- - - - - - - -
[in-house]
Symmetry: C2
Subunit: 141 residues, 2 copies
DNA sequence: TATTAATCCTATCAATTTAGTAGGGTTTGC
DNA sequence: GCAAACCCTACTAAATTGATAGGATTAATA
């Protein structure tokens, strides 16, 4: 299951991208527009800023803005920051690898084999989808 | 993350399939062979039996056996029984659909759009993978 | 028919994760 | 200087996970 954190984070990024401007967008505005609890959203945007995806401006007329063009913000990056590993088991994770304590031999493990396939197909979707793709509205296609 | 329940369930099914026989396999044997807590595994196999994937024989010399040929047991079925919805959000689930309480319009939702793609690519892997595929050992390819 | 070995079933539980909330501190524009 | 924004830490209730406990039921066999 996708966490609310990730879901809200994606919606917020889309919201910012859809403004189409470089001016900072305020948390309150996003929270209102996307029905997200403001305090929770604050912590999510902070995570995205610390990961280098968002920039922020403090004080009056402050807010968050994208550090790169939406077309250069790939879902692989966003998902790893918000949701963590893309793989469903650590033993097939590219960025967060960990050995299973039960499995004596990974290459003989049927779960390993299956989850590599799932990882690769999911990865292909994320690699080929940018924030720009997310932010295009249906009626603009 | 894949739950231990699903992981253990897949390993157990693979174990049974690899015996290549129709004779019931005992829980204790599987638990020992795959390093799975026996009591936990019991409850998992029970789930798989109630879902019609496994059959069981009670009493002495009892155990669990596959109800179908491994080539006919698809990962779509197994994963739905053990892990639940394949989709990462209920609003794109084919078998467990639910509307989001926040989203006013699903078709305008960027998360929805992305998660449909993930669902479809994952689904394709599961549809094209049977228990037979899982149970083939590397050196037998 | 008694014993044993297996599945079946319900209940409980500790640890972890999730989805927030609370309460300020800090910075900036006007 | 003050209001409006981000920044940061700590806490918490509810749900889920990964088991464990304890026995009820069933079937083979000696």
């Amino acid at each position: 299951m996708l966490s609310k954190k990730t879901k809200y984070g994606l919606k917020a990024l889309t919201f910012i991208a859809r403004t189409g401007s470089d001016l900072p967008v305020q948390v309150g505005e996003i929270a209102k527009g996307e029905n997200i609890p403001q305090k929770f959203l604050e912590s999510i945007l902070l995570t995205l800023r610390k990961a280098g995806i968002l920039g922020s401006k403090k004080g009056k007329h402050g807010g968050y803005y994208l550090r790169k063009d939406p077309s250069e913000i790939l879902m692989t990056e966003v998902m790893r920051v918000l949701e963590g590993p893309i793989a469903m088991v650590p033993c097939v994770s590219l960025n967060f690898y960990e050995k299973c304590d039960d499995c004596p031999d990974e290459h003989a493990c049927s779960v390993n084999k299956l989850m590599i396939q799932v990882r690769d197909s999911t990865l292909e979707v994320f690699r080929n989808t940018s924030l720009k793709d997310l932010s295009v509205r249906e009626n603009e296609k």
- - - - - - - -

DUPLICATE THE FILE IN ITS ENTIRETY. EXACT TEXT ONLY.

[in-house]
Symmetry: C2
Subunit: 141 residues, 2 copies
DNA sequence: TATTAATCCTATCAATTTAGTAGGGTTTGC
DNA sequence: GCAAACCCTACTAAATTGATAGGATTAATA
């Protein structure tokens, strides 16, 4: 299951991208527009800023803005920051690898084999989808 | 993350399939062979039996056996029984659909759009993978 | 028919994760 | 200087996970 954190984070990024401007967008505005609890959203945007995806401006007329063009913000990056590993088991994770304590031999493990396939197909979707793709509205296609 | 329940369930099914026989396999044997807590595994196999994937024989010399040929047991079925919805959000689930309480319009939702793609690519892997595929050992390819 | 070995079933539980909330501190524009 | 924004830490209730406990039921066999 996708966490609310990730879901809200994606919606917020889309919201910012859809403004189409470089001016900072305020948390309150996003929270209102996307029905997200403001305090929770604050912590999510902070995570995205610390990961280098968002920039922020403090004080009056402050807010968050994208550090790169939406077309250069790939879902692989966003998902790893918000949701963590893309793989469903650590033993097939590219960025967060960990050995299973039960499995004596990974290459003989049927779960390993299956989850590599799932990882690769999911990865292909994320690699080929940018924030720009997310932010295009249906009626603009 | 894949739950231990699903992981253990897949390993157990693979174990049974690899015996290549129709004779019931005992829980204790599987638990020992795959390093799975026996009591936990019991409850998992029970789930798989109630879902019609496994059959069981009670009493002495009892155990669990596959109800179908491994080539006919698809990962779509197994994963739905053990892990639940394949989709990462209920609003794109084919078998467990639910509307989001926040989203006013699903078709305008960027998360929805992305998660449909993930669902479809994952689904394709599961549809094209049977228990037979899982149970083939590397050196037998 | 008694014993044993297996599945079946319900209940409980500790640890972890999730989805927030609370309460300020800090910075900036006007 | 003050209001409006981000920044940061700590806490918490509810749900889920990964088991464990304890026995009820069933079937083979000696």
């Amino acid at each position: 299951m996708l966490s609310k954190k990730t879901k809200y984070g994606l919606k917020a990024l889309t919201f910012i991208a859809r403004t189409g401007s470089d001016l900072p967008v305020q948390v309150g505005e996003i929270a209102k527009g996307e029905n997200i609890p403001q305090k929770f959203l604050e912590s999510i945007l902070l995570t995205l800023r610390k990961a280098g995806i968002l920039g922020s401006k403090k004080g009056k007329h402050g807010g968050y803005y994208l550090r790169k063009d939406p077309s250069e913000i790939l879902m692989t990056e966003v998902m790893r920051v918000l949701e963590g590993p893309i793989a469903m088991v650590p033993c097939v994770s590219l960025n967060f690898y960990e050995k299973c304590d039960d499995c004596p031999d990974e290459h003989a493990c049927s779960v390993n084999k299956l989850m590599i396939q799932v990882r690769d197909s999911t990865l292909e979707v994320f690699r080929n989808t940018s924030l720009k793709d997310l932010s295009v509205r249906e009626n603009e296609k």